begrimed and wrinkled wretch, obtaining the means of
existence from the very refuse of poverty !
"The world has more justice than we believe," re-
marked at this moment a gentleman passing me, to the
friend at his side ; and I knew from the speaker's look
A CHKISTMAS DREAM.
and manner that the way of liis life liad been one of ease
and success, and that he knew no more of the fierce pas-
sions and dreadful wrongs that often convulse men's
frames, than the little rivulet, making its way century
after century through the solemn stillness of a primeval
forest, knows of the tempests that sweep the ocean in the
A carriage passed me — the high-mettled horses at-
tached to which were controlled in their graceful and
spirited movements hy a pompous coachman, who held
the reins delicately on the fingers of his white gloves,
\vhile behind, a footman in lace and fripj^er}' looked over
A CHKI8TMA8 DREAM.
the top of the vehicle as if in constant expectation that
an acquaintance would come flying over the heads of the
horses. Inside was the same churl who had refused the
girl one co2:)j)er, and it was plain that he had forgotten
forever, except, perhaps, as the theme of an inflated dis-
course al)out " increasing pauperism,'^ what I could not
but remember as a striking illustration of those dispari-
ties which, while they must ever exist in life, can never
fail to excite the regrets of all who wish tliat there could
be less of suflfering on earth, and more of real pleasure.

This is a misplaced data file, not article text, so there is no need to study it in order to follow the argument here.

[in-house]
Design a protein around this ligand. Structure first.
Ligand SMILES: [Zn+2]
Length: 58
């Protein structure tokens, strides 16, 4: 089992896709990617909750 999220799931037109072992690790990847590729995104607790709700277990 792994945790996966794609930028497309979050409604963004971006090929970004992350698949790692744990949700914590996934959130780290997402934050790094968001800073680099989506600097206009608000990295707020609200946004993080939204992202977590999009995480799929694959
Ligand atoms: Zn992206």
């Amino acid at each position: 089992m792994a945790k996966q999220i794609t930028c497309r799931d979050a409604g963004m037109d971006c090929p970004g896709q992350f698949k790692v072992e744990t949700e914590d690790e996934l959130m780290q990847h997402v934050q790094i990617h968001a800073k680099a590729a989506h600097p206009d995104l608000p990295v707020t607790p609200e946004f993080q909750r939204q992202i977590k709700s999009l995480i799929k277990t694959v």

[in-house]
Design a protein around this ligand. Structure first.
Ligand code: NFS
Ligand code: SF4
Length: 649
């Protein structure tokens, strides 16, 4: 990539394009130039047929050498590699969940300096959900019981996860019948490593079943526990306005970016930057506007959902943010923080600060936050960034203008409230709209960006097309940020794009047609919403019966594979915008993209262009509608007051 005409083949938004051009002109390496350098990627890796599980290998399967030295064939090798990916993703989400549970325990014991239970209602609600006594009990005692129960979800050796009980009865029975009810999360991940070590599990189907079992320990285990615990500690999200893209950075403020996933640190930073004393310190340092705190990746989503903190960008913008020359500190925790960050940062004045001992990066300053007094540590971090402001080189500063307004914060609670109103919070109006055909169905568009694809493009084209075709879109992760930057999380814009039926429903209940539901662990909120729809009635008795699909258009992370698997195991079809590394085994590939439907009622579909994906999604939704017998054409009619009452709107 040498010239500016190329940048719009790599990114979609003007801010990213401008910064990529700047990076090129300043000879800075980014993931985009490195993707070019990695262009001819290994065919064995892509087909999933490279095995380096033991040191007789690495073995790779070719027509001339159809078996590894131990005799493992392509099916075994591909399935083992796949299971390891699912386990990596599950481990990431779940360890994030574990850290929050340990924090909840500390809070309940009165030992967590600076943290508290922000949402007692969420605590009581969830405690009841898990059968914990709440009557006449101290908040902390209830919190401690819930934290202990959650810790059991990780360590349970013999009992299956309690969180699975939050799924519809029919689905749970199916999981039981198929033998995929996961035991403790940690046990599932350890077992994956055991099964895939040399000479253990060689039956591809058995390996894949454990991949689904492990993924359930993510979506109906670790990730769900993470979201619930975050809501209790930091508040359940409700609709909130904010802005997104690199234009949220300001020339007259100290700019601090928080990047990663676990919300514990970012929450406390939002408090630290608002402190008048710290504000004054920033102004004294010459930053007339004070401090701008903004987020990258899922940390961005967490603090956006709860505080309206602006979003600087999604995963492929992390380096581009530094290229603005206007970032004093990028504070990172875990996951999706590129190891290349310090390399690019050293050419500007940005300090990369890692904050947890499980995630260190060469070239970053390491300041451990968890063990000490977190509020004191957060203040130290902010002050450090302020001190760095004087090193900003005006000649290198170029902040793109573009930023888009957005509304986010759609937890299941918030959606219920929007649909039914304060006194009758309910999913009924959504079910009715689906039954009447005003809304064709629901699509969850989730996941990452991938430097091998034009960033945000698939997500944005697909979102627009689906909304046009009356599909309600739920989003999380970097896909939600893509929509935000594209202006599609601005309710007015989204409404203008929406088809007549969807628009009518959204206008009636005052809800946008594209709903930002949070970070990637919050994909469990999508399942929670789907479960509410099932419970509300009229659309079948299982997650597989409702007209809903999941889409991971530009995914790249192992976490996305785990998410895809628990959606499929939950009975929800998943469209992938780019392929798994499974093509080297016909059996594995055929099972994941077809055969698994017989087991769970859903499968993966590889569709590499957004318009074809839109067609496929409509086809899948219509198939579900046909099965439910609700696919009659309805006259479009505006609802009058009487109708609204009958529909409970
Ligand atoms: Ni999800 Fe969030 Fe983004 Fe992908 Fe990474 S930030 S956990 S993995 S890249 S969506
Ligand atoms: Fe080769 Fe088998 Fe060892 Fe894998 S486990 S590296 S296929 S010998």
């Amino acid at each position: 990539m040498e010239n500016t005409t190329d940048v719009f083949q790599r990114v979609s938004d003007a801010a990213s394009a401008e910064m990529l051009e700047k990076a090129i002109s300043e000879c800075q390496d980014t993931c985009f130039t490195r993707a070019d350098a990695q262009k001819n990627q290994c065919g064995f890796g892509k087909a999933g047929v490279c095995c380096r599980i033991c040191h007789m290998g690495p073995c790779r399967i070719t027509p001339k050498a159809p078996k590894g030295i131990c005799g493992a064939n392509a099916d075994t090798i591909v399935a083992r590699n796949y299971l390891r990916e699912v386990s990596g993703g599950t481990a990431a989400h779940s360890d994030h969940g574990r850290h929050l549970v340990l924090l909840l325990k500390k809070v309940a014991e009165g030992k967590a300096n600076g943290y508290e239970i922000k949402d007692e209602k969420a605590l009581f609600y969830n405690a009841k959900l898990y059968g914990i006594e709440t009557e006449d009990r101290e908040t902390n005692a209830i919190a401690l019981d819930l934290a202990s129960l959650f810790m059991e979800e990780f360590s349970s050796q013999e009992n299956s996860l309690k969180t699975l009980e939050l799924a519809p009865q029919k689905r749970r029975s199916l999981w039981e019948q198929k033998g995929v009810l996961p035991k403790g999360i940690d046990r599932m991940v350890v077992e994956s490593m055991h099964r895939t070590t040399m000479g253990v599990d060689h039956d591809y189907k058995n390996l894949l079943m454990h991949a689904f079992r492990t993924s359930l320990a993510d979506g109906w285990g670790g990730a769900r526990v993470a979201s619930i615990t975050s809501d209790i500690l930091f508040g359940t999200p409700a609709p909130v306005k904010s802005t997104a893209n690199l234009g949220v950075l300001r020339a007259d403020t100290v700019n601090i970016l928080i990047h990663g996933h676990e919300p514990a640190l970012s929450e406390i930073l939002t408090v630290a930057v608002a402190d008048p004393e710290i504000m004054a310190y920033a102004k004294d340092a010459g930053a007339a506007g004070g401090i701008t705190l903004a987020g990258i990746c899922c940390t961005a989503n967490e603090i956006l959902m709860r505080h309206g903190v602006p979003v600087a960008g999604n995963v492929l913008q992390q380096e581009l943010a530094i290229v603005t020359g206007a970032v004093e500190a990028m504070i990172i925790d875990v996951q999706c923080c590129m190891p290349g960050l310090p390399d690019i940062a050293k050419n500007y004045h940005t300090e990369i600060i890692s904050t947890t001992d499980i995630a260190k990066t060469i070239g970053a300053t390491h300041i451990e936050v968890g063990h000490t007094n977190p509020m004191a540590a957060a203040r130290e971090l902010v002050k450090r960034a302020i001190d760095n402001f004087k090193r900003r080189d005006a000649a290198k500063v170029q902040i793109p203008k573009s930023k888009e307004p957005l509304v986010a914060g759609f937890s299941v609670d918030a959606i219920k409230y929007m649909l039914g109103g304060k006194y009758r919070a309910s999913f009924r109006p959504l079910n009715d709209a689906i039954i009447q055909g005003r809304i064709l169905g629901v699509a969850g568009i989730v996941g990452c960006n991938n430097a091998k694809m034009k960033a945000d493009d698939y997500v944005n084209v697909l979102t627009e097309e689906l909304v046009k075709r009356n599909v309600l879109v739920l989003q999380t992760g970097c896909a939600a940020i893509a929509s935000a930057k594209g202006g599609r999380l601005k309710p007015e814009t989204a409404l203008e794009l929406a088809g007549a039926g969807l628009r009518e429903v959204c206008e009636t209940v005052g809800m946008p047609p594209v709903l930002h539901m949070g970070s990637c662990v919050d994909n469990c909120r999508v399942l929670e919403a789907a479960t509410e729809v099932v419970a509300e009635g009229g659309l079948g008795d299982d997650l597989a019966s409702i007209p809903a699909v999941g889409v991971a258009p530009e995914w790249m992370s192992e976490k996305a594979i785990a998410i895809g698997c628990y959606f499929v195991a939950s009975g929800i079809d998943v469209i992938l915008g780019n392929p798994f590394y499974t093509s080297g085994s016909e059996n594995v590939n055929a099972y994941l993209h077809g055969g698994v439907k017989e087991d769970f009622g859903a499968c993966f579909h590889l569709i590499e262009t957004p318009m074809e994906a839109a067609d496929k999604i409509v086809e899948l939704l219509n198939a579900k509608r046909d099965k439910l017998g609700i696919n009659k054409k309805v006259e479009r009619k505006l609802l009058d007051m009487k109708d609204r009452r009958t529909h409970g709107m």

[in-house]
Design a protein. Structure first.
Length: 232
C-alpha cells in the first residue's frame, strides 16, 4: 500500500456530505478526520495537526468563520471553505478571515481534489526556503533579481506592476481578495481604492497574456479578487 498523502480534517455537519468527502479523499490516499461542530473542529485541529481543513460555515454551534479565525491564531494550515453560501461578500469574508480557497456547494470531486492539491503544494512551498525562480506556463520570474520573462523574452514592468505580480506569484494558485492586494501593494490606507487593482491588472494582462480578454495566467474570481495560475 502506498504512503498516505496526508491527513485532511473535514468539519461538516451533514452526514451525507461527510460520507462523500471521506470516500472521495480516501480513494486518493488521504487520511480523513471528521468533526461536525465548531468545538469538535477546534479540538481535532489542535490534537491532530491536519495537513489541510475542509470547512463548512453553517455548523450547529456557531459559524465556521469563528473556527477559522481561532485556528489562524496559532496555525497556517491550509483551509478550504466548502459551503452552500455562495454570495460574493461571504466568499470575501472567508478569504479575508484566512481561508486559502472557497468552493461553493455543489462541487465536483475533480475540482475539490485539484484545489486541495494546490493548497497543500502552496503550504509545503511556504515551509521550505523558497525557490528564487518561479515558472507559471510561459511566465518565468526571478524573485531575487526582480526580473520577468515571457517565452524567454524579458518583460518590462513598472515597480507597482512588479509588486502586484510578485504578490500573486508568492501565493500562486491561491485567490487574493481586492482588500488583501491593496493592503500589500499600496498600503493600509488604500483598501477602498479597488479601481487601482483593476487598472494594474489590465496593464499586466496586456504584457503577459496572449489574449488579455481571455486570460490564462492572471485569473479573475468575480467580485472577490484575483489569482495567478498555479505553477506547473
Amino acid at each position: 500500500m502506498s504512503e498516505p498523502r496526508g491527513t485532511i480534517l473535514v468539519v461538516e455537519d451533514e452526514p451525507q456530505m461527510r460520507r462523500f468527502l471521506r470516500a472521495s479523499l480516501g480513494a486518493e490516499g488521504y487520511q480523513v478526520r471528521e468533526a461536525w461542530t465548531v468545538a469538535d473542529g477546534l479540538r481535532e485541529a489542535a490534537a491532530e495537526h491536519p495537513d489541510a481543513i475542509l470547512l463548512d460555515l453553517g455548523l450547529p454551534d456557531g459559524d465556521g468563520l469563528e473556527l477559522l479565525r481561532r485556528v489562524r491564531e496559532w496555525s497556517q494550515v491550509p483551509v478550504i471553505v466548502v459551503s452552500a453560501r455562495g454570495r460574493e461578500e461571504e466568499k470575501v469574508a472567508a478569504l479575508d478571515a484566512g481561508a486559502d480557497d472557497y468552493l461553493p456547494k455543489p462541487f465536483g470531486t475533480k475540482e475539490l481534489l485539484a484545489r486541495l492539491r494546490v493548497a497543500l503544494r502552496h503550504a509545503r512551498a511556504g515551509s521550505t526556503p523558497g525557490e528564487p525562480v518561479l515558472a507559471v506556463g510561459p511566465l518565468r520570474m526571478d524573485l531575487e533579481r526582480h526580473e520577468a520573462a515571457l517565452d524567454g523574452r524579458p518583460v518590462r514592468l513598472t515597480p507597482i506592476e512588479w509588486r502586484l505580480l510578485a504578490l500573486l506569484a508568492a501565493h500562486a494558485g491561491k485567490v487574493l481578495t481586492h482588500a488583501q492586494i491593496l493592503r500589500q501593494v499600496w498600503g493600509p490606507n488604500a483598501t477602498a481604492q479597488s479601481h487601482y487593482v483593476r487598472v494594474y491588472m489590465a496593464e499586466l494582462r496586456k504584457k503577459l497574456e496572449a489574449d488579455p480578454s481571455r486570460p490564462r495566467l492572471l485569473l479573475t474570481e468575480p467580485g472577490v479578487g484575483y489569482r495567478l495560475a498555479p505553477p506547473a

A terrible shriek arose ft'om the pavement, and I saw
the wheel of the churl's carriage pass over the leg of an
unfortunate girl. The carriage stopped for a moment.
The driver coolly inquired if any l^ody were hurt ; the
crowd who had immediately assembled, told him to drive
on, and I pushed toward the injured girl, just in time to
see that it was she who had but a few minutes befoi'e
elicited my sym})athies, and that the coarse man who was
holding her in his arms, and exclaiming in French, ^' My
daughter," " My poor daughter," was the scavenger whose
dismal face I had just encountered.
Even at the moment when the pooi* gii'l was l)orne into
A CHKISTMAS DKEAM
a druggist's slio]^, and while the crowd stood gazing in, a
boy racing past exclaimed, as if the world depended on
his lungs :
" I wish }'ou a merry Christmas, and a hapi)y New
The crowd melted away from the apothecary's door,
the shuffle of the multitude went on in its old monotony,
the curses and shouts of omnil:)US drivers were heard
above the clatter of mvriad wheels rattlino- over the
cobble stones, and I wended my way homeward, resolved
that I would on the morrow search for the unfortunate